1. a sentimental longing or wistful affection for the past, typically for a period or place with happy personal associations.

Nostalgia. It’s the comfort calling card when we begin aging or when the seasons of life change. It’s the place we visit to reflect and find joy even if it’s long ago and our memories aren’t as vivid.

After a phone call with my childhood neighbor friend Marla, I become nostalgic. Now, 80 years young, Marla is like a “second mother” to me. My mother has long passed and Marla is one of the few people who knew my mother well. Marla was a lover of holidays and after speaking with her, I toss through my mother’s tin box to find this photo of me at Halloween.

The photo floods me with feelings of warmth, family, and love. It reminds me of crisp fall days, long and leisurely walks to school, and the smell of pumpkin spice. I’m about 6 years old and I’m thrilled to be decked out in this clown costume. There is some semblance of lipstick applied to make me seem more clown-like and I most likely rubbed it off with some candy I ate.

Marla was the mother of my two childhood friends. As a child, Marla was memorizing. Beautiful and charismatic, she was the “cool” mom, the young mom, the every mom all the kids wanted to have. She made holidays come to life.

My mother hated Halloween whereas Marla was all in. Marla would sew exquisite creations for her two daughters – a pioneer girl, an exotic fairy princess, or a charming puppy dog. In sharp contrast, my mother had a completely different view on the holiday.

With a cigarette dangling out the side of her coral lips she’d mutter, “I hate Halloween” while tossing around my neck several strands of mixed matched necklaces, applying bold red lipstick to my thin young lips, and then pronouncing me a full-fledged gypsy. I was a gypsy for three years in a row until I was lucky enough to receive a hand-me-down costume from Marla which I proudly wore.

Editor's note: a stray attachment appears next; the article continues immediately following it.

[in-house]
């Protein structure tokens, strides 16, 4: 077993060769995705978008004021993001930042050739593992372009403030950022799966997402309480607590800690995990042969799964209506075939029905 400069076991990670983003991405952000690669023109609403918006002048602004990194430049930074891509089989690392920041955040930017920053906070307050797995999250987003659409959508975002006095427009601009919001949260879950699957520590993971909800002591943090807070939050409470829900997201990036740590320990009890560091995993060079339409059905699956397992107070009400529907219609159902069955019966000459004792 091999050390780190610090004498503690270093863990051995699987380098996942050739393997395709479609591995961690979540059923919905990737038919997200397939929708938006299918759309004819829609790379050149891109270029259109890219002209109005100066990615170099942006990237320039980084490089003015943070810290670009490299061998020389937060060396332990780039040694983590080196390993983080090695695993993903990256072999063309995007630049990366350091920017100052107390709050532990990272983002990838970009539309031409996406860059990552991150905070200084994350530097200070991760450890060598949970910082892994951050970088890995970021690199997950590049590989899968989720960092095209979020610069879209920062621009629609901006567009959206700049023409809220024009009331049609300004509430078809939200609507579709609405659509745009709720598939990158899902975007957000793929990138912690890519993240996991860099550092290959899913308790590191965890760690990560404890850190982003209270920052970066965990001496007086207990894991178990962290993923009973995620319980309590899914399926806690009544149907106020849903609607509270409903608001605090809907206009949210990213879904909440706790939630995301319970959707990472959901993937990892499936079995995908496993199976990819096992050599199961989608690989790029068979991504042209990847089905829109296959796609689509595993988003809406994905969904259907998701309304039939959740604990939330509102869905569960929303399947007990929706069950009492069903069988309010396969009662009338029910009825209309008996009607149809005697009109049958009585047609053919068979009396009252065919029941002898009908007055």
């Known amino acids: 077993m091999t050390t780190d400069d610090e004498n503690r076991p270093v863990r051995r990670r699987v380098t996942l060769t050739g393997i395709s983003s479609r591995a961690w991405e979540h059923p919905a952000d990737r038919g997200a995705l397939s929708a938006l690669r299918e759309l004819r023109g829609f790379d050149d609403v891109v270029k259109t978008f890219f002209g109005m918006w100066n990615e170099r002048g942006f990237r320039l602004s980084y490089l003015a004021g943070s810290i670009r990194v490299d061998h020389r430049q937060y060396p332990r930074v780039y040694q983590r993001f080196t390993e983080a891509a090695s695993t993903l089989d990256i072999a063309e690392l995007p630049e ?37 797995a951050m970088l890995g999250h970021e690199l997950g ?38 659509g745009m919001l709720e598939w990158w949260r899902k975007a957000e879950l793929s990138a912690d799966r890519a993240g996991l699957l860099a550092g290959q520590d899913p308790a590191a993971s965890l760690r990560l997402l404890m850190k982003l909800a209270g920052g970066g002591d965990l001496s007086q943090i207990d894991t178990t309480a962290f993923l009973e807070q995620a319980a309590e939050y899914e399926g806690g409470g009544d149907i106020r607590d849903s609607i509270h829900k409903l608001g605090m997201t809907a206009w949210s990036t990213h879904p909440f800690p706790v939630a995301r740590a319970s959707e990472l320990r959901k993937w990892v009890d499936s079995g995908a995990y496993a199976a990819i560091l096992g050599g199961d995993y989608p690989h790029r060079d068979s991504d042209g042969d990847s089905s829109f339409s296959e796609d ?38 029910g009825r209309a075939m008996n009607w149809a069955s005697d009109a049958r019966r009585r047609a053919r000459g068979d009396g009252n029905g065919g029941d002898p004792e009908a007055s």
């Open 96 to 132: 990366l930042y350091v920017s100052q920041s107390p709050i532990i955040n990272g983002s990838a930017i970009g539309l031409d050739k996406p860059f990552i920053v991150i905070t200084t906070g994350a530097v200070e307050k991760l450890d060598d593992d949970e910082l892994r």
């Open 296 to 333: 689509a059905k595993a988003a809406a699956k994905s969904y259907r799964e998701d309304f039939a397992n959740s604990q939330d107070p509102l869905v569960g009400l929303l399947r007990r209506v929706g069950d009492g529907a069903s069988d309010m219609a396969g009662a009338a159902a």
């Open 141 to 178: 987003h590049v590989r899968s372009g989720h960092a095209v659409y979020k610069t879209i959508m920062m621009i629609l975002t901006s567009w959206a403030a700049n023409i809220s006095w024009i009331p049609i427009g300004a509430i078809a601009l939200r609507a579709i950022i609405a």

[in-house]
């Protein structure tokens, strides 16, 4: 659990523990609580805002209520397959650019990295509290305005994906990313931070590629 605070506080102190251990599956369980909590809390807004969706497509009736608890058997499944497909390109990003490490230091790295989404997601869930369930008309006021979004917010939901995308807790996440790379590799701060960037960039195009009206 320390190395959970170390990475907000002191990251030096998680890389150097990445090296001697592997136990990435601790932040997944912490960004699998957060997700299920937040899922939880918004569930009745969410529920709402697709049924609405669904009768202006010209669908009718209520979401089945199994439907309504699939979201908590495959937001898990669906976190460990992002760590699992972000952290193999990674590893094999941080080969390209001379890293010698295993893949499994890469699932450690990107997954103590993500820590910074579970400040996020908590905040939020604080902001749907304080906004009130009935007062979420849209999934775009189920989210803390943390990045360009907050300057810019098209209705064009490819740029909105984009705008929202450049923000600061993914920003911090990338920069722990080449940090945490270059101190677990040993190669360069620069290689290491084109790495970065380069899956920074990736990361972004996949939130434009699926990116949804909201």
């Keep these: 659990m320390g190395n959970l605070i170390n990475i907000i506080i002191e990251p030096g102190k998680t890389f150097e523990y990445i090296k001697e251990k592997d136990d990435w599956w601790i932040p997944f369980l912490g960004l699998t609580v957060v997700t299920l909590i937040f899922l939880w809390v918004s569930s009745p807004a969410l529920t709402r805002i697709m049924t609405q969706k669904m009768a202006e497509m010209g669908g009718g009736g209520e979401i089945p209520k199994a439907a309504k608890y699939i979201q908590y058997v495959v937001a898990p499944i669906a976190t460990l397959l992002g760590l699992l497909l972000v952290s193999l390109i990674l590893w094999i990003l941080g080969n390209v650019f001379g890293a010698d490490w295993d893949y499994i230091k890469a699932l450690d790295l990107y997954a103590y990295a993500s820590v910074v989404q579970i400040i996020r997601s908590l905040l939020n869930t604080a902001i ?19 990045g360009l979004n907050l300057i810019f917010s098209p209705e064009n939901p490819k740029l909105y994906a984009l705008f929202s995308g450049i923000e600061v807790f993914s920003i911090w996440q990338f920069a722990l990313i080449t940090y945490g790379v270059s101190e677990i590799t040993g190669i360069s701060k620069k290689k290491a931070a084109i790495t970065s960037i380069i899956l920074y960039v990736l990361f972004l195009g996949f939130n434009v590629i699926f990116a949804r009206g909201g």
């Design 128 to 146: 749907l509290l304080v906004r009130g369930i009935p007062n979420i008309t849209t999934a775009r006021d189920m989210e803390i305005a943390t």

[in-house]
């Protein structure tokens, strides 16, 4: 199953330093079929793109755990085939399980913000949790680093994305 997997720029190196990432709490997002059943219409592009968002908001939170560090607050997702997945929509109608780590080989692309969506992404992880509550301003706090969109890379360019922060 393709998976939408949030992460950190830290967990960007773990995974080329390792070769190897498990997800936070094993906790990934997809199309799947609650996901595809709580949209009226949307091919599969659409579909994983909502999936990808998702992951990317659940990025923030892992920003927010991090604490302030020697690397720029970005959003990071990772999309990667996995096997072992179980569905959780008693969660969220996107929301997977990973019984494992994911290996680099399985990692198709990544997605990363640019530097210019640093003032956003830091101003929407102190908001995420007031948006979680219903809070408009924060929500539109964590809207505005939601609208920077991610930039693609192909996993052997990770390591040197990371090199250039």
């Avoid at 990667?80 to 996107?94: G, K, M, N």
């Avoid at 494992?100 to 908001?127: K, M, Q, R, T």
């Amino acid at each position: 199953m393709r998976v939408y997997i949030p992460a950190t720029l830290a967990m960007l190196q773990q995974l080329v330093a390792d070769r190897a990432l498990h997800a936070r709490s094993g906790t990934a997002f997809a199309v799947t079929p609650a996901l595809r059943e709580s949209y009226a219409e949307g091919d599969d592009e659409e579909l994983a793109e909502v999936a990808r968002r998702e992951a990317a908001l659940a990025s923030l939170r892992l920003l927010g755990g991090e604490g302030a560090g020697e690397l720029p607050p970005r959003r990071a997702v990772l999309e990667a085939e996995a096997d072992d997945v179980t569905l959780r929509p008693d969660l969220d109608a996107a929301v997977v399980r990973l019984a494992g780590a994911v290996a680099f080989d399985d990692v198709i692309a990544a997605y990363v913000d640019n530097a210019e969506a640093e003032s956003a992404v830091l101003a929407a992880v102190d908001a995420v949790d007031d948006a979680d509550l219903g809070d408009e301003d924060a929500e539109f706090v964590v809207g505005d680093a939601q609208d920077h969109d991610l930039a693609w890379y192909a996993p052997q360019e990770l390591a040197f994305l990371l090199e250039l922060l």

Each year, Marla dressed up as the greenest and evilest of witches and co-hosted our neighborhood parade which culminated in a walk around our elementary school gym with prizes for best costume. Not only did she dress in character, she became the character, giving out a wicked laugh that would give Margaret Hamilton a run for her money.

Marla became the queen of the parade and took her role seriously as she reigned in all the be-dazzled children as we marched to the local school. The parade started around 6PM just as nightfall would begin its bewitching hour and by the time we got to the school, darkness surrounded us.

There was a sense of magic in the air. The promise of prizes and candy, the shock of scary creatures playing hide and go seek, and the laughter among the young moms and dads who doted on their children with their infectious enthusiasm. It was a time of innocence, of family connection, and a community becoming one. 

There’s a reason why nostalgia is so powerful among seniors. It’s a lifeline to a sweeter time and place. It’s a place to run when things appear bleak. It’s comforting, it’s warm, and it’s as inviting as a warm woolen blanket and fire on a crisp autumn day.

You could say it’s a little magical too – an escape route that helps us cope and get through another day. Oh nostalgia, I love your bewitching magic.

Subscribe to Kind Conversations

Thank you for subscribing.

Something went wrong.


  1. Mark Coffman on September 29, 2020 at 8:43 pm

    I remember you! It’s truly one of the most uplifting phrases one person can say to another. It really says something about you when 50 plus years later someone remembers you, your smile, your kindness. We weren’t close, didn’t attend the same High school, but I remember Jeanne! I remember her brother Ricky also. So glad to see you doing well and enjoying the great northwest! Been reading your stuff, looking forward to reading more. Thanks, take care.

    • Jeanne Hussin on September 30, 2020 at 6:41 am

      Mark – your beautiful comments just made my morning! I’m absolutely delighted you’re enjoying my writing. I’ll look you up on Facebook as well!